These past few games have been a thorny series of events for Golden State Warriors.
To make things clear, injury and health misfortunes have been the cause of their recent struggles. Steph Curry may not see time on earth until after the end of the calendar. Andrew Wiggins is about to return from his close bloodline, but his presence has been sorely missed. Whatever you think of Donte DiVincenzo and JaMychal Green, they are still living bodies that provide a certain level of NBA efficiency.
Klay Thompson’s struggles are well documented, while Jordan Paul’s performance is getting waning and waning. Draymond Green can only do so much as someone who essentially sets the table rather than someone who actively participates in her goods.
Somewhere along the way, the process that became the formula behind winning a championship was lost. Addressing the numbers and taking care of the extra dollars seems important to the organization’s front office and ownership. They are more than empowered to manage their finances and bottom line as best they see fit – but that doesn’t mean the consequences of such sacrifices won’t be felt.
There was always the risk of the Warriors collapsing in a scenario where Curry saw a significant amount of wasted time. He’s the lifeblood of the team in more ways than one, a larger-than-life figure who has come to define the team’s rise – once fortunate for what seemed like a permanent one.
Without Carey, everything feels listless, absent of joy and energy, and quite frankly — devoid of meaning. No analysis method – eye test, advanced stats, etc. – can provide even a small piece of the silver lining.
Offensive combos are losing their appeal, which means Warriors have to work extra hard to generate effective shots—that is, if the possessions haven’t already moved into self-creation contests of late.
The above possession resulted in points, though not without an initial struggle. Poole – The only offensive threat considered dangerous by Brooklyn Networks He is heavily guarded. With only five seconds left on the shot clock, the Warriors find a loophole in the Nets’ all-switch scheme: a slip of the cut screen by Green.
The numbers speak for themselves. The Warriors have outscored opponents by 7.0 points per 100 possessions during Curry’s 894 minutes on the ground this season. Without him, they were outpaced by 12.1 points per 100 possessions. That’s huge 19.1 points per 100 team possessions It literally spells out the difference between the best point difference in the league and the worst.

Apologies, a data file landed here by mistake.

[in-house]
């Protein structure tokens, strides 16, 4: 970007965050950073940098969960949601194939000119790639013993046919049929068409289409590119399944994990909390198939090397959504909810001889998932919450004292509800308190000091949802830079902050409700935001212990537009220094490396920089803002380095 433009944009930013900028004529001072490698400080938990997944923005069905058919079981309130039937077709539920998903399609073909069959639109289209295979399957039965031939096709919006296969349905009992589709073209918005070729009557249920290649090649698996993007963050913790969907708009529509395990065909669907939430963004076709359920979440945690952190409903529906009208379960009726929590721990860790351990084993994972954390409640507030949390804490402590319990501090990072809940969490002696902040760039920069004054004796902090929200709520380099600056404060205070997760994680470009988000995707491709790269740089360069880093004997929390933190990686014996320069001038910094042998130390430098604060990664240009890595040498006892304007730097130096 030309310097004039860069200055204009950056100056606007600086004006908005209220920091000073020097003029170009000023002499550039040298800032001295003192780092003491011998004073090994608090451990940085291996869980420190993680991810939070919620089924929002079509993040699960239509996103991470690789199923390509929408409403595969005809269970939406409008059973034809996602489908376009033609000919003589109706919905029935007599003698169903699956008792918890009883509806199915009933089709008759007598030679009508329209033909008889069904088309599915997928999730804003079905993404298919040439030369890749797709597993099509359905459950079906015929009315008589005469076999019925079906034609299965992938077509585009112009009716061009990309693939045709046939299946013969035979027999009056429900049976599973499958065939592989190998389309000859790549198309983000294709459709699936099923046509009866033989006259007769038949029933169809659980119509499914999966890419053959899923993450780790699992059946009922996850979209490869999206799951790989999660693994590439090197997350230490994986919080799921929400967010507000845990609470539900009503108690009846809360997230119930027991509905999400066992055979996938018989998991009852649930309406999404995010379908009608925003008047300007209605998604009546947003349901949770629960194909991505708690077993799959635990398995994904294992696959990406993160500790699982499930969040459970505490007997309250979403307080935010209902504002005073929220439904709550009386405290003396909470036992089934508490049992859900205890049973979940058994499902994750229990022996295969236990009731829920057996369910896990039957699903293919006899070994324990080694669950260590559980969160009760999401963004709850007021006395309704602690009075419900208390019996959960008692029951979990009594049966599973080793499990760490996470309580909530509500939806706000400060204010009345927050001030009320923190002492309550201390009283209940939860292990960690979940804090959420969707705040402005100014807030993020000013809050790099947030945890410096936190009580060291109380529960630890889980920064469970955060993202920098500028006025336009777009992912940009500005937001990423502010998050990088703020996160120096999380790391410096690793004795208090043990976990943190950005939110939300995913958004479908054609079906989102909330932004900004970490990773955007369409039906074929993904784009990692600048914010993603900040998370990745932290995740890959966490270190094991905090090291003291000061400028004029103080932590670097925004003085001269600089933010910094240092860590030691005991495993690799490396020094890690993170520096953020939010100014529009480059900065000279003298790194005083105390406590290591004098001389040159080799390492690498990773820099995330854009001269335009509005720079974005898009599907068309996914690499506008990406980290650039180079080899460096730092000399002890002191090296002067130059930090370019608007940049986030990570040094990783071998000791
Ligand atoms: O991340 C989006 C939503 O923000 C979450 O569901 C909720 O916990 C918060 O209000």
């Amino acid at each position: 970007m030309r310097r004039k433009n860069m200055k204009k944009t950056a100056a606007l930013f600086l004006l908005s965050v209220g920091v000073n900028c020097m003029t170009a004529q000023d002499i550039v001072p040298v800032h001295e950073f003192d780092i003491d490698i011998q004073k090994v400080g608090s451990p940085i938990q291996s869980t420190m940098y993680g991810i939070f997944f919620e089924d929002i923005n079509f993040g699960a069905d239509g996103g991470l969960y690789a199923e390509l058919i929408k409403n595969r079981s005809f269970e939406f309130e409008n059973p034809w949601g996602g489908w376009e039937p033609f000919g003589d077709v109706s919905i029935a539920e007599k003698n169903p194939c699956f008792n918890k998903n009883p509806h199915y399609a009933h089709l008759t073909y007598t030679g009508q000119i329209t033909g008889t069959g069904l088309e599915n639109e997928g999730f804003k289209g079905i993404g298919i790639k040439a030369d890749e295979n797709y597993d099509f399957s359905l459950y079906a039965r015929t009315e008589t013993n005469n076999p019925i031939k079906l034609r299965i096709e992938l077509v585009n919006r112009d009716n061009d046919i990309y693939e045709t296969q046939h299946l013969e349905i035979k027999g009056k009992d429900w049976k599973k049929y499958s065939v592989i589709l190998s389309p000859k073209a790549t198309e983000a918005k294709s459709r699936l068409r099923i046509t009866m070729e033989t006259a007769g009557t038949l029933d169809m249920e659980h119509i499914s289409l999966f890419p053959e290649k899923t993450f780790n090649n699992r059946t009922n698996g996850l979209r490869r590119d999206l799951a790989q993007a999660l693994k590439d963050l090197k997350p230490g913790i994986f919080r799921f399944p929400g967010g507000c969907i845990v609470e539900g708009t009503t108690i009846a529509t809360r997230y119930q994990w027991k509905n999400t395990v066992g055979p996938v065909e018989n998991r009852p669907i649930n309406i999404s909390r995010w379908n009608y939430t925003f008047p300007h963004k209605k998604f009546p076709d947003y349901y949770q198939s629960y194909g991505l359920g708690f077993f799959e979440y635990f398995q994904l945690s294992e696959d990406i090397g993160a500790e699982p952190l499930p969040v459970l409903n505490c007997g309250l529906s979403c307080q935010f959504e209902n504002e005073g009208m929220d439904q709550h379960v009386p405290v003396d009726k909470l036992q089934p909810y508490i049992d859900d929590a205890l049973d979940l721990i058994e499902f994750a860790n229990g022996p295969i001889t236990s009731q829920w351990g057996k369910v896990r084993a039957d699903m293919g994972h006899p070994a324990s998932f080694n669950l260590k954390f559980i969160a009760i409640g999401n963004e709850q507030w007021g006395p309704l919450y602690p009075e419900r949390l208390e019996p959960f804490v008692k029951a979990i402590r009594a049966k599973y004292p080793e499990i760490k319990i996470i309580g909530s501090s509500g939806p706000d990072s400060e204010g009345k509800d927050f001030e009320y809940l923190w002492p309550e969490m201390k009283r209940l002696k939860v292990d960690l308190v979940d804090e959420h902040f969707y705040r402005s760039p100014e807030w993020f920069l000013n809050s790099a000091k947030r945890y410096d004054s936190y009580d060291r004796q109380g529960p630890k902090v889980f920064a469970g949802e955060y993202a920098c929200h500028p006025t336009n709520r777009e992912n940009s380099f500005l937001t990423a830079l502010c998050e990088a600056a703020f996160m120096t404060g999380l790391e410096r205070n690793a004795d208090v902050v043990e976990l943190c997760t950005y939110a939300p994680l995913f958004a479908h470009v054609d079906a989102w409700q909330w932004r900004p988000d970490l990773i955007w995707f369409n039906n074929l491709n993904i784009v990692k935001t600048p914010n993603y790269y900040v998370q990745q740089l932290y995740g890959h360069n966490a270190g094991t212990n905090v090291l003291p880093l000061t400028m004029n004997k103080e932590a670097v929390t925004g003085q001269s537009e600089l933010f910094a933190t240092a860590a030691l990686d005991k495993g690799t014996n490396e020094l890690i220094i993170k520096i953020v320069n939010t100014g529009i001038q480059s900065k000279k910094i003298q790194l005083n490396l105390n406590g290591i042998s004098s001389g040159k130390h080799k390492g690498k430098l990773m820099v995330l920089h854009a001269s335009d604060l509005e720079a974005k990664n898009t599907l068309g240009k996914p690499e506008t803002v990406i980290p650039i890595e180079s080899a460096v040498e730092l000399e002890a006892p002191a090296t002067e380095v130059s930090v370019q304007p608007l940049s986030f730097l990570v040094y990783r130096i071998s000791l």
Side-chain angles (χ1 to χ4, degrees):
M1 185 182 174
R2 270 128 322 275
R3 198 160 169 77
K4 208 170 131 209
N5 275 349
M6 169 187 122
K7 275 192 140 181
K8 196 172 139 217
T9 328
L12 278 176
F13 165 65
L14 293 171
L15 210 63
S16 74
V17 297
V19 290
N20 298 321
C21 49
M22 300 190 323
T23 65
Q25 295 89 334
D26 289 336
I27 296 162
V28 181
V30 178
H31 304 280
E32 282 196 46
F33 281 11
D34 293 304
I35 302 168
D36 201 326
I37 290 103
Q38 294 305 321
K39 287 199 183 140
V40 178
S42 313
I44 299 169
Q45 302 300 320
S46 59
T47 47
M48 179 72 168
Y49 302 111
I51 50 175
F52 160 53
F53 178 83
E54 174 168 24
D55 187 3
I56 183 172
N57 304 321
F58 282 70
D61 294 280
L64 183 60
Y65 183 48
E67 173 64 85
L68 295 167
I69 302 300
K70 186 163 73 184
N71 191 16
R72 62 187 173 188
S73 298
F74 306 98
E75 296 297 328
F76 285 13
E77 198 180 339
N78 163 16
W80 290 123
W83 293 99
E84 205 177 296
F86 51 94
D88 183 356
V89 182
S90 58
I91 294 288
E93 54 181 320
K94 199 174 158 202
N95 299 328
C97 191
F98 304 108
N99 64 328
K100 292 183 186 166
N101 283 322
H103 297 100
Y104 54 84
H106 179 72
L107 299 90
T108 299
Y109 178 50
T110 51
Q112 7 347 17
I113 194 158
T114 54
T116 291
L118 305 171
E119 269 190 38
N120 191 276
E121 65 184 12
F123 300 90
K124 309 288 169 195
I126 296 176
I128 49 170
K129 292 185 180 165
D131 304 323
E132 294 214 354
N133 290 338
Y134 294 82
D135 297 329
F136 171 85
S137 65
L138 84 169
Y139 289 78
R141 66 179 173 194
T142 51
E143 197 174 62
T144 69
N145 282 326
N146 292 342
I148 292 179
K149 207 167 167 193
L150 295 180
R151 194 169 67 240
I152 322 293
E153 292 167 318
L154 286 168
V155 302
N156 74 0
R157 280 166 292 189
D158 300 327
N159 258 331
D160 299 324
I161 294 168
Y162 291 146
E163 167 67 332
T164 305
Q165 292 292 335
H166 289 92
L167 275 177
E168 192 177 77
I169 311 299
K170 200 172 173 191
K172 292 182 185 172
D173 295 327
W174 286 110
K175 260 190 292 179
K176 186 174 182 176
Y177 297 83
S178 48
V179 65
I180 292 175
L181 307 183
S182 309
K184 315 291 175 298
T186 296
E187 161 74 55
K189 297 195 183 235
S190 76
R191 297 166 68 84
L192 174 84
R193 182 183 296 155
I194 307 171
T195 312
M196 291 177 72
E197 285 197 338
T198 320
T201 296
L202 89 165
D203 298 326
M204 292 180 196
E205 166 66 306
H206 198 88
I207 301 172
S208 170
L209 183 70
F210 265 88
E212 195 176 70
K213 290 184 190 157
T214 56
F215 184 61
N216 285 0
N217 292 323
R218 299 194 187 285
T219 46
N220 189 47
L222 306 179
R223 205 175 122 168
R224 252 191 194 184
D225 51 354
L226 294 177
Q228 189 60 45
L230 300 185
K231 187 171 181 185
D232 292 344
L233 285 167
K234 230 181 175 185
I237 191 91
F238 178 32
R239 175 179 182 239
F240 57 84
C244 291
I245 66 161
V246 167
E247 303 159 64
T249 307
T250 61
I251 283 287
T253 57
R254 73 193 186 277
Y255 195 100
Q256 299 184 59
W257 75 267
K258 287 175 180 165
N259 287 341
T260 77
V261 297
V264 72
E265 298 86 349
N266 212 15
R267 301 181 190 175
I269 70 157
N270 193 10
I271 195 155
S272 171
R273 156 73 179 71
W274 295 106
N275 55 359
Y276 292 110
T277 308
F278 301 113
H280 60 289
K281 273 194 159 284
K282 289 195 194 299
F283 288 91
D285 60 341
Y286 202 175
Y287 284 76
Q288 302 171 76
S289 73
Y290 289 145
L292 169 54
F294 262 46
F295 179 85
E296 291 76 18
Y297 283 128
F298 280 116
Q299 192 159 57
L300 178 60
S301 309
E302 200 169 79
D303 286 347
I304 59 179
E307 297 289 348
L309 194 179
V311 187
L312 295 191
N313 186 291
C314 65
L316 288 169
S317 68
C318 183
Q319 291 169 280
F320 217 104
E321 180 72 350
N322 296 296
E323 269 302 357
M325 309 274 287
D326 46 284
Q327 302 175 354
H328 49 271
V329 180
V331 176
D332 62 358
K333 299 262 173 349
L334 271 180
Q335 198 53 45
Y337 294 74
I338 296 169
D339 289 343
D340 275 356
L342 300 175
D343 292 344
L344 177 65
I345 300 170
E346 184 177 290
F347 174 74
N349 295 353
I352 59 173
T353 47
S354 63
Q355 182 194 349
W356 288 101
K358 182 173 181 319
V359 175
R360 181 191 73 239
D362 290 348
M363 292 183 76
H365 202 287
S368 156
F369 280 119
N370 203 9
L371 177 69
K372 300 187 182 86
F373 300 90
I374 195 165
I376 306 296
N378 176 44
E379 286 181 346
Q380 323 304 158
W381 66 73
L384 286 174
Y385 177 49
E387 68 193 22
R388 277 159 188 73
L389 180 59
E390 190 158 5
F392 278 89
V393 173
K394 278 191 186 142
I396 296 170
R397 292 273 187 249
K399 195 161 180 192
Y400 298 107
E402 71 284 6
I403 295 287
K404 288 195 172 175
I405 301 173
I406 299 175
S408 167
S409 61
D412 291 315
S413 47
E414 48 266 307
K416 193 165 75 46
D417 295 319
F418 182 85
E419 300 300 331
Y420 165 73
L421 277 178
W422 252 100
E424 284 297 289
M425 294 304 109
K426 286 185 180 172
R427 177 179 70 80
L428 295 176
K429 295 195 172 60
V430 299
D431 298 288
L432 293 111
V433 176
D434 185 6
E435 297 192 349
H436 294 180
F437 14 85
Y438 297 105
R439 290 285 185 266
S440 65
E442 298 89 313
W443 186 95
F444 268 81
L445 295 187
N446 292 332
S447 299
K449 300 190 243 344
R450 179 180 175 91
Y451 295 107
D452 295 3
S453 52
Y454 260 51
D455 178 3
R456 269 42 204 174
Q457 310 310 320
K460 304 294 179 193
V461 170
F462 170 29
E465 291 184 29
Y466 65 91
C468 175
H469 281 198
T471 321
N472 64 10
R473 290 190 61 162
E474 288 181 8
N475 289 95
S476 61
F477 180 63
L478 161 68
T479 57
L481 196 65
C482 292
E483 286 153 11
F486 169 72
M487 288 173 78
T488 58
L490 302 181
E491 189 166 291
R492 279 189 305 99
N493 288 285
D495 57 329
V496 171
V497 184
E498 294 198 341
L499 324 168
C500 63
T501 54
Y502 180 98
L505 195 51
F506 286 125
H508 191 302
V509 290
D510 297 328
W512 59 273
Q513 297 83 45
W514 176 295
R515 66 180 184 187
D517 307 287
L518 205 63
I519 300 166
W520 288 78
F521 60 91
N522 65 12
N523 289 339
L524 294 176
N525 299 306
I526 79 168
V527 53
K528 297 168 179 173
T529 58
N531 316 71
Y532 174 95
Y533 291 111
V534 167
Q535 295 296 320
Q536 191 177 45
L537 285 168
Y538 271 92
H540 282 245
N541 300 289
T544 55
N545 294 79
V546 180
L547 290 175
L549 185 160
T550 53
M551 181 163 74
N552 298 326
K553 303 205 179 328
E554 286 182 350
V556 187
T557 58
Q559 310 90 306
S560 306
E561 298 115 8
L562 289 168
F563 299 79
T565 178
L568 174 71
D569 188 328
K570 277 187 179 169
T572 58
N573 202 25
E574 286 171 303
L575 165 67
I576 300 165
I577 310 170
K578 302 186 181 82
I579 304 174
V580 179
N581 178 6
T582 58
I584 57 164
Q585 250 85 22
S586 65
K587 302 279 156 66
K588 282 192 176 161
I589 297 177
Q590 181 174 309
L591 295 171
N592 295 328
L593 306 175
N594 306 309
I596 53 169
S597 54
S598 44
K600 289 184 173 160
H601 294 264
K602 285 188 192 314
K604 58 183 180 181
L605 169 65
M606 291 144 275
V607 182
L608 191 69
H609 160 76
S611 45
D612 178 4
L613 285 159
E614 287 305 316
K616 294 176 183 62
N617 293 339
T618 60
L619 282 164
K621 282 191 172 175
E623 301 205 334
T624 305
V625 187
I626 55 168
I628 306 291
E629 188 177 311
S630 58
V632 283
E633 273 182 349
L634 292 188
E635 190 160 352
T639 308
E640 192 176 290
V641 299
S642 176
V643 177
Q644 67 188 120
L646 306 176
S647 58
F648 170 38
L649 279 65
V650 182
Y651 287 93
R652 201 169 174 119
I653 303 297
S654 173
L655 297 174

The 30-7-7 baseline—backed by a ridiculous 59/43/92 (2P/3P/FT) shooting split—is impossible to replace—let alone repeat. His 66.8 TS percentage – taking nearly 12 triples per game – is an unprecedented marriage of scoring size and scoring efficiency. In terms of a plus-minus estimate—a widely accepted comprehensive measure that provides a near-accurate measure of an individual’s influence—Carey plus-7.7 EPM He is bested only by Nikola Jokic (plus 7.9).
In the four games Curry missed after suffering a dislocated left shoulder, the Warriors put up the following numbers:
- 110.0 offensive rating (23rd over the period)
- 124.8 defensive rating (30)
- minus -14.8 net rating (30)
For a group that needs its best player on the ground for at least 30+ minutes per game, the numbers above are a sobering reminder that the Warriors’ success — past, present, and the near future — depends on Curry’s availability. As such, the only schedule the Warriors will ever have to worry about is one that puts Curry as a top priority.
Which brings us to the current two-timeline plan and how much of a stalemate it turned out to be.
James Wiseman, Jonathan Cuminga, Moses Moody, Patrick Baldwin Jr., and Ryan Rollins occupy a third of the Warriors’ roster space, but they each have a varying level of NBA readiness.
Kuminga’s expandability as a wing defender – along with his natural athleticism and pop – earned him experience and turnover minutes. Modi has seen his share of rotations in and out of formations but appears ready to contribute whenever he gets the chance.
Baldwin Jr. And Rollins are rookies — as such, they’re lower order and seem unwilling to see meaningful minutes as mainstays at the NBA level.